Instagram founders say selling to Facebook didn’t reduce competition among social networks

The talk about regulation of Silicon Valley has dominated this year's SXSW festival in Austin, with Senator Elizabeth Warren's (D-MA) commitment to breaking Amazon, Apple, Google and Facebook becoming A topic of conversation in almost every profile, panel focused on technology here.

A meeting with Instagram co-founders Kevin Systrom and Mike Krieger this afternoon was no exception. The entrepreneurs sold their company to Facebook, worked there for years, and then abruptly withdrew last September, amid concerns about their autonomy and the future direction of the social network to share photos. In addition, Facebook general manager Mark Zuckerberg announced last week a new change in privacy for the company that would see its different messaging products combined to form a unified service.

Neither Systrom nor Krieger were eager to openly criticize their former employer; The closest we got was to Systrom, who said the loss of autonomy was a natural byproduct of Instagram's growth. But both responded to questions from general editor TechCrunch Josh Constine about whether technology companies should be split and, in particular, if selling to Facebook harmed competition and users. The short answer: no, and in fact, the acquisition only helped users by allowing Instagram to expand as fast as it did, says Systrom.

"Here's the thing: if Instagram had not sold to Facebook and left, then that's an example of a merger or acquisition that occurs and reduces competition," Systrom said, adding that internal competition between Facebook, Instagram and WhatsApp led to better ideas. "What consumer was damaged because Instagram grew to the size that it did? I think [Instagram’s size] is a strong argument that the acquisition helped the users. "

Systrom was quick to point out that he is not an expert in the defense of competition, and, to be fair, it's not hard to argue that the Vertiginous growth of Instagram under the ownership of Facebook could have prevented competition from competing photo-sharing applications, but Systrom says that, in general, he is skeptical that calls to break up technology companies are real solutions and not just empty promises to capitalize the growing anti-tech movement that is brewing in Washington.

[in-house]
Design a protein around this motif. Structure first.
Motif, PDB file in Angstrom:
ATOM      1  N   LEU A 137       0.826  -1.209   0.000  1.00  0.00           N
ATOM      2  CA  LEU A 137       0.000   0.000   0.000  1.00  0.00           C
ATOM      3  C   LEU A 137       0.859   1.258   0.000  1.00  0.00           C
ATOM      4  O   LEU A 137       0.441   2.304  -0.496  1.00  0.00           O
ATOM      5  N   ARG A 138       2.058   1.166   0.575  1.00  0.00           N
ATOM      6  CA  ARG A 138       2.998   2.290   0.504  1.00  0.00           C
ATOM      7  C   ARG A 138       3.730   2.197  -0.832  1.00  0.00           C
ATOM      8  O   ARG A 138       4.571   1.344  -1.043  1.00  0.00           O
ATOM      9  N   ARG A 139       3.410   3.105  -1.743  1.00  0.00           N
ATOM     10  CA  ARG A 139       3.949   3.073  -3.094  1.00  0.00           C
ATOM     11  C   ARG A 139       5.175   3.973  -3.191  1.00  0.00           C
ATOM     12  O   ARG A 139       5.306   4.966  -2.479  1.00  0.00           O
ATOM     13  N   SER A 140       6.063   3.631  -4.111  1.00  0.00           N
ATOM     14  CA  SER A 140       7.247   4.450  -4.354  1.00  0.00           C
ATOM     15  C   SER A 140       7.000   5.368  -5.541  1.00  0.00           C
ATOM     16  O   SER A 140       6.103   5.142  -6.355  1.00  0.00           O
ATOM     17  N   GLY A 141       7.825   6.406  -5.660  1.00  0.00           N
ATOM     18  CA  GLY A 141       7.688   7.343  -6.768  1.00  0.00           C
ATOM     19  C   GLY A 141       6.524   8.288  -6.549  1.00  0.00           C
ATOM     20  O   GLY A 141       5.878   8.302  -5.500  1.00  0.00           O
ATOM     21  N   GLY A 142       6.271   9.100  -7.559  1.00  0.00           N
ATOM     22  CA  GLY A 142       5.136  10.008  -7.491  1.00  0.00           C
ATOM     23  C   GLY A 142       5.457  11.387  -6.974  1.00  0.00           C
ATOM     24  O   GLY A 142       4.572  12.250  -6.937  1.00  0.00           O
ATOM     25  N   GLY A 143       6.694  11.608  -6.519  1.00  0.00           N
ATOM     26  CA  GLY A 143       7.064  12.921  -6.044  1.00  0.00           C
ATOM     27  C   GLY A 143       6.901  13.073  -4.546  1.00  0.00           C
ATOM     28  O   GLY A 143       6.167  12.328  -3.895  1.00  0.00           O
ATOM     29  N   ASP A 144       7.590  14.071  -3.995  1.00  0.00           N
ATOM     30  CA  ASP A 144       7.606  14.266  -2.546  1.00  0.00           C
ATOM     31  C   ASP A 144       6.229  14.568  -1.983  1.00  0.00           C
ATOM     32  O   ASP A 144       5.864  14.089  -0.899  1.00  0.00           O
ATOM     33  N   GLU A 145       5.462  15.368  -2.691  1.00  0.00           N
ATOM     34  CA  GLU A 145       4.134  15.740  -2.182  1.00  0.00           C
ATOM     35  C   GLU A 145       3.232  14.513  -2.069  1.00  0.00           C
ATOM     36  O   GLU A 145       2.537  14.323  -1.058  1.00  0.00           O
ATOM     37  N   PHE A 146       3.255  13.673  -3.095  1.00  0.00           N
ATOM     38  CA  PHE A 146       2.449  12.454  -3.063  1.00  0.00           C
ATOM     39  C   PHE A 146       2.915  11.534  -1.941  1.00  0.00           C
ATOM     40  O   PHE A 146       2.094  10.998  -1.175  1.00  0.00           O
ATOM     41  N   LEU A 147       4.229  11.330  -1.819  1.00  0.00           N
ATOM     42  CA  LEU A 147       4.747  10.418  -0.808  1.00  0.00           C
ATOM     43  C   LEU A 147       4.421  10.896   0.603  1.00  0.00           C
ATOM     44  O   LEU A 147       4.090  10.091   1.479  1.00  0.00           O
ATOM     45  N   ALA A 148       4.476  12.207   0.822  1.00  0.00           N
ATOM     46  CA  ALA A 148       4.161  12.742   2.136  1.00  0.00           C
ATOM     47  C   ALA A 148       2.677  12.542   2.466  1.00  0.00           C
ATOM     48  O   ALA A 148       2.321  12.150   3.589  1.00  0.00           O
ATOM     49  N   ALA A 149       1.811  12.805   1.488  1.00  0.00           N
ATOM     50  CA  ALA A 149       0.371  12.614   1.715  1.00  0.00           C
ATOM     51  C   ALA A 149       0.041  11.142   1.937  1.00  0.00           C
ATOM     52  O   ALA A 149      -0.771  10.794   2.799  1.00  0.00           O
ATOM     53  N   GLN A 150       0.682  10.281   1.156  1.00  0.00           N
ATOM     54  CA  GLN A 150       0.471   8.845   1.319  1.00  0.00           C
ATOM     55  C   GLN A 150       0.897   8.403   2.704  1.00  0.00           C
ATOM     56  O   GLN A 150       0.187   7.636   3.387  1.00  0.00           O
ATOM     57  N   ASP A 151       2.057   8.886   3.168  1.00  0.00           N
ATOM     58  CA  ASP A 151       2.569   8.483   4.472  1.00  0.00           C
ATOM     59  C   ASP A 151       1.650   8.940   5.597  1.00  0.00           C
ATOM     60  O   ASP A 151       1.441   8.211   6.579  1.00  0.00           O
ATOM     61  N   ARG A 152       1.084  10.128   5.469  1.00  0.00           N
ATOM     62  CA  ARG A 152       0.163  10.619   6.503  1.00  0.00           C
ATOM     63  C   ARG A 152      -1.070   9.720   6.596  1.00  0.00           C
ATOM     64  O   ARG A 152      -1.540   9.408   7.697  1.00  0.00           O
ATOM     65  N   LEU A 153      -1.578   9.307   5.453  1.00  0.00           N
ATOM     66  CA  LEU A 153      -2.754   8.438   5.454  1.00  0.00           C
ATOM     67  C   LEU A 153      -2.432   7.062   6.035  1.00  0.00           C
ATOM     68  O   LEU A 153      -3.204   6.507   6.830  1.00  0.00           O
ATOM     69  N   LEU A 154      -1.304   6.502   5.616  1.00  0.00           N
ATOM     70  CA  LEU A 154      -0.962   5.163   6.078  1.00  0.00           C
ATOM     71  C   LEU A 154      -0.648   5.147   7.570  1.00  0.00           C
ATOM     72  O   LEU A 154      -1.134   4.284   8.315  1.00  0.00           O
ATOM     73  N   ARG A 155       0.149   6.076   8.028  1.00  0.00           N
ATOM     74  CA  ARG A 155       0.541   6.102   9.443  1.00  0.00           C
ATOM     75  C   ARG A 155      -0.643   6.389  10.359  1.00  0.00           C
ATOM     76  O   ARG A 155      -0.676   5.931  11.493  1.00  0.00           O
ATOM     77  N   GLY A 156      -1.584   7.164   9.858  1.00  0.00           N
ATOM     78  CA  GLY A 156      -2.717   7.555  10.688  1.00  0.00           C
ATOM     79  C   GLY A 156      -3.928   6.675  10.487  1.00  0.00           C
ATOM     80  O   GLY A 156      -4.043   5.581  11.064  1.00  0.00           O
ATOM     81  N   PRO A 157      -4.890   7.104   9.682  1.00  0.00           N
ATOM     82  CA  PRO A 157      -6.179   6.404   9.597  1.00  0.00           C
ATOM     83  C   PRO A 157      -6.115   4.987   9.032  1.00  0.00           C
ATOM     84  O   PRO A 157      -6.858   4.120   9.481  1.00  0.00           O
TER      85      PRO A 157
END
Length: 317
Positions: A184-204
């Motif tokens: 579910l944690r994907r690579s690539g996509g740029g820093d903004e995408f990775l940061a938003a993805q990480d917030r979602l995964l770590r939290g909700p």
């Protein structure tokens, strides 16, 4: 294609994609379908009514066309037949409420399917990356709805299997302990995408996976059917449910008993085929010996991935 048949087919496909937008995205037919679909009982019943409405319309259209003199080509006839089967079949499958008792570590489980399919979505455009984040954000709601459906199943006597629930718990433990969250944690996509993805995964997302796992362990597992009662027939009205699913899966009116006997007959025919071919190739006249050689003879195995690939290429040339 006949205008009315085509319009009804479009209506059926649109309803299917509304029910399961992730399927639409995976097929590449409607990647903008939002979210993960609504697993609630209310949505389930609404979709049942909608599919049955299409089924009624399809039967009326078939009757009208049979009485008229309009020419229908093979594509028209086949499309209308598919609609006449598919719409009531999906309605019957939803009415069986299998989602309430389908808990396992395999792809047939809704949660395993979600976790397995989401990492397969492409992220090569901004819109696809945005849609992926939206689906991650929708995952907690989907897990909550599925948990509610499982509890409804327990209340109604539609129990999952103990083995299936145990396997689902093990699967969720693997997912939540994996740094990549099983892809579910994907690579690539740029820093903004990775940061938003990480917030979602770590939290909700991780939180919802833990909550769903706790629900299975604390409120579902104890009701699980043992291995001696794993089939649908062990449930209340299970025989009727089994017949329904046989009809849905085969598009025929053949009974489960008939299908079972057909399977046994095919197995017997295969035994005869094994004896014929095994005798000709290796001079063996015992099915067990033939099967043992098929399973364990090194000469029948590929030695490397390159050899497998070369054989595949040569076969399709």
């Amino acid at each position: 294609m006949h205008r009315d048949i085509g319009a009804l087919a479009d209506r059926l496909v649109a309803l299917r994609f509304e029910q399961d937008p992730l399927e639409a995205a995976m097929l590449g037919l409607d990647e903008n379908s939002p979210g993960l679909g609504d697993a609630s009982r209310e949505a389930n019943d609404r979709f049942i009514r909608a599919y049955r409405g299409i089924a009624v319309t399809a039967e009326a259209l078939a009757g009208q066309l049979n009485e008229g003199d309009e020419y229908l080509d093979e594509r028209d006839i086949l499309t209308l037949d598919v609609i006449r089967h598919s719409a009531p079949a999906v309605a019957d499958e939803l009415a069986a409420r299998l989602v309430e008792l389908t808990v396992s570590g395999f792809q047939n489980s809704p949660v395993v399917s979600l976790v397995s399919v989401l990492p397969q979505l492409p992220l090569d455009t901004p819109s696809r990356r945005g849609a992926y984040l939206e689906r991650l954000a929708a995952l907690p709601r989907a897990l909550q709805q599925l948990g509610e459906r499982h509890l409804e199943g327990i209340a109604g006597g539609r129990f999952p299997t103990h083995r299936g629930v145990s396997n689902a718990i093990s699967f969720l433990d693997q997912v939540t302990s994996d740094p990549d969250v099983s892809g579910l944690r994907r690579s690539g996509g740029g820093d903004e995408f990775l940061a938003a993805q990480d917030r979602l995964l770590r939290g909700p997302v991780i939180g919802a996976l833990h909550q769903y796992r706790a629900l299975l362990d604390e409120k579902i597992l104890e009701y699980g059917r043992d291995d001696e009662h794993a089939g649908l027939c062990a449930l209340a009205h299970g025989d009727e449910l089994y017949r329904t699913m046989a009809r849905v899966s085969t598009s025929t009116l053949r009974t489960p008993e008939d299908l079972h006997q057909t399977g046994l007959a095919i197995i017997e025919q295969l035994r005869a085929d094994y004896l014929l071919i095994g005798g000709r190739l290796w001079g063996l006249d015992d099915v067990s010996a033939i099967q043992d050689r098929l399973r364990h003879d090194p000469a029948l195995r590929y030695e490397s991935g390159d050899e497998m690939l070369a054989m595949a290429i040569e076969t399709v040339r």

"Being great in itself is not a crime," he said. "My fear is that a proposal to break with all the technology is playing with the current feeling of the anti-technicians instead of doing what politicians should do, which is to address real problems with real solutions.

Krieger also thinks that there is a lack of nuances in the discussion about the regulation of technological platforms and the retreat of acquisitions. "Breaking technology and having those conversations, I think they will go better and lead to a better policy if we are really specific about the problems we are trying to solve," Krieger said. He added that policymakers should clarify what the problems are and what we may want to achieve through regulation. "Amazon that sells white label products is very different from Facebook that Instagram has."

It is not clear what Systrom and Krieger plans to do next. Constine instigated both men at the end of the panel discussion to give the audience even a small clue, and neither of them took the bait. (Both apparently are now exploring some possible new ideas). But what is clear is that the founders of Instagram may be less dissatisfied with the path their company took than their sudden departures would make us think. "I think that for Instagram to get to the stage that did it is something incredible for the world and something incredible for users," Systrom concluded.

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